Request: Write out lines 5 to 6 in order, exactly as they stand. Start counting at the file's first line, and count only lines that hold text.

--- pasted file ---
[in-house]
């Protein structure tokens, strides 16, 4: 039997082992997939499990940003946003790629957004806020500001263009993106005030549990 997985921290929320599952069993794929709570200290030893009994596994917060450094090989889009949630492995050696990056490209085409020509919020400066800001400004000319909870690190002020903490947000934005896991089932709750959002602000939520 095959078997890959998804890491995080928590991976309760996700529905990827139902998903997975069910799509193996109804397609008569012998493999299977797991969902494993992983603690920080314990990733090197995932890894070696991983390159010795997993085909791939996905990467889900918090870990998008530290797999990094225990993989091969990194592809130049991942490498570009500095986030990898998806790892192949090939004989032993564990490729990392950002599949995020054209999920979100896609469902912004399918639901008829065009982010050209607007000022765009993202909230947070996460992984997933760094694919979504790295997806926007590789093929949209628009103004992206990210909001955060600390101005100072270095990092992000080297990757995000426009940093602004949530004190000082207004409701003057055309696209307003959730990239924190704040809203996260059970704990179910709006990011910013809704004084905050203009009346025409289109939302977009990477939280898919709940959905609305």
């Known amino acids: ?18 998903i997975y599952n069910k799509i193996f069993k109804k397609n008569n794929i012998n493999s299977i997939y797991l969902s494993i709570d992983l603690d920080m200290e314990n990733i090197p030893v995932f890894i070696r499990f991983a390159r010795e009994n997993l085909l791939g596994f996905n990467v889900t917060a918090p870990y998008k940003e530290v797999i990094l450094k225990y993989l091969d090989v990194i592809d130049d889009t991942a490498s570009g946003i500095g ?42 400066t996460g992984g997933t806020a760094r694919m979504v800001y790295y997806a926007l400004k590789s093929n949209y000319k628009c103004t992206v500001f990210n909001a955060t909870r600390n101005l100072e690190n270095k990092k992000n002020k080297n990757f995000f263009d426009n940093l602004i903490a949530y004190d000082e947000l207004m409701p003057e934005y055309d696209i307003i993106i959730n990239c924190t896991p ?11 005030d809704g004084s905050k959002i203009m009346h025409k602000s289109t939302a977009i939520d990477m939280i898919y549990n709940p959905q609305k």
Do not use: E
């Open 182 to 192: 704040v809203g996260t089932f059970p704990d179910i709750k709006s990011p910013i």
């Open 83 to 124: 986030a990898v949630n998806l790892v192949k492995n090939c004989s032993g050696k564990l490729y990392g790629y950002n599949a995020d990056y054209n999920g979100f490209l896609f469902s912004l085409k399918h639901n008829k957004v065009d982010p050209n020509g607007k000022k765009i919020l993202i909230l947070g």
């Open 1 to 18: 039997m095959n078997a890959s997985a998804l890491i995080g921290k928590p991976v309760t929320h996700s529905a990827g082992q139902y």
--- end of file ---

């Open 182 to 192: 704040v809203g996260t089932f059970p704990d179910i709750k709006s990011p910013i």
């Open 83 to 124: 986030a990898v949630n998806l790892v192949k492995n090939c004989s032993g050696k564990l490729y990392g790629y950002n599949a995020d990056y054209n999920g979100f490209l896609f469902s912004l085409k399918h639901n008829k957004v065009d982010p050209n020509g607007k000022k765009i919020l993202i909230l947070g």